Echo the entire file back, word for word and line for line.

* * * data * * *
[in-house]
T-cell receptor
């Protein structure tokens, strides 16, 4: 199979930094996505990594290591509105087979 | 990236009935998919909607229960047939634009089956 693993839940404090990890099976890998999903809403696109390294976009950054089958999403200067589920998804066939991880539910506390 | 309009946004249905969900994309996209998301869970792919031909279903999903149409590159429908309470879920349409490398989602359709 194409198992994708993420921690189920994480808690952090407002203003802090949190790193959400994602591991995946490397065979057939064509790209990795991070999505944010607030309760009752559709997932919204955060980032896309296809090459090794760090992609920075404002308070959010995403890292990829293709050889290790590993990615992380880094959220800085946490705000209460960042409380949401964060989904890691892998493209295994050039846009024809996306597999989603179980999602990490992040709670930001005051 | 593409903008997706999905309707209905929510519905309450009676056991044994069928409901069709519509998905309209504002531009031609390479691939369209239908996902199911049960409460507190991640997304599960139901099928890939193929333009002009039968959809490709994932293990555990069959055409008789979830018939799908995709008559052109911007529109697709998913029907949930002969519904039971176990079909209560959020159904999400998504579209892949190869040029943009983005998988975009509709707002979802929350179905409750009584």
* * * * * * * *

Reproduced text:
[in-house]
T-cell receptor
């Protein structure tokens, strides 16, 4: 199979930094996505990594290591509105087979 | 990236009935998919909607229960047939634009089956 693993839940404090990890099976890998999903809403696109390294976009950054089958999403200067589920998804066939991880539910506390 | 309009946004249905969900994309996209998301869970792919031909279903999903149409590159429908309470879920349409490398989602359709 194409198992994708993420921690189920994480808690952090407002203003802090949190790193959400994602591991995946490397065979057939064509790209990795991070999505944010607030309760009752559709997932919204955060980032896309296809090459090794760090992609920075404002308070959010995403890292990829293709050889290790590993990615992380880094959220800085946490705000209460960042409380949401964060989904890691892998493209295994050039846009024809996306597999989603179980999602990490992040709670930001005051 | 593409903008997706999905309707209905929510519905309450009676056991044994069928409901069709519509998905309209504002531009031609390479691939369209239908996902199911049960409460507190991640997304599960139901099928890939193929333009002009039968959809490709994932293990555990069959055409008789979830018939799908995709008559052109911007529109697709998913029907949930002969519904039971176990079909209560959020159904999400998504579209892949190869040029943009983005998988975009509709707002979802929350179905409750009584």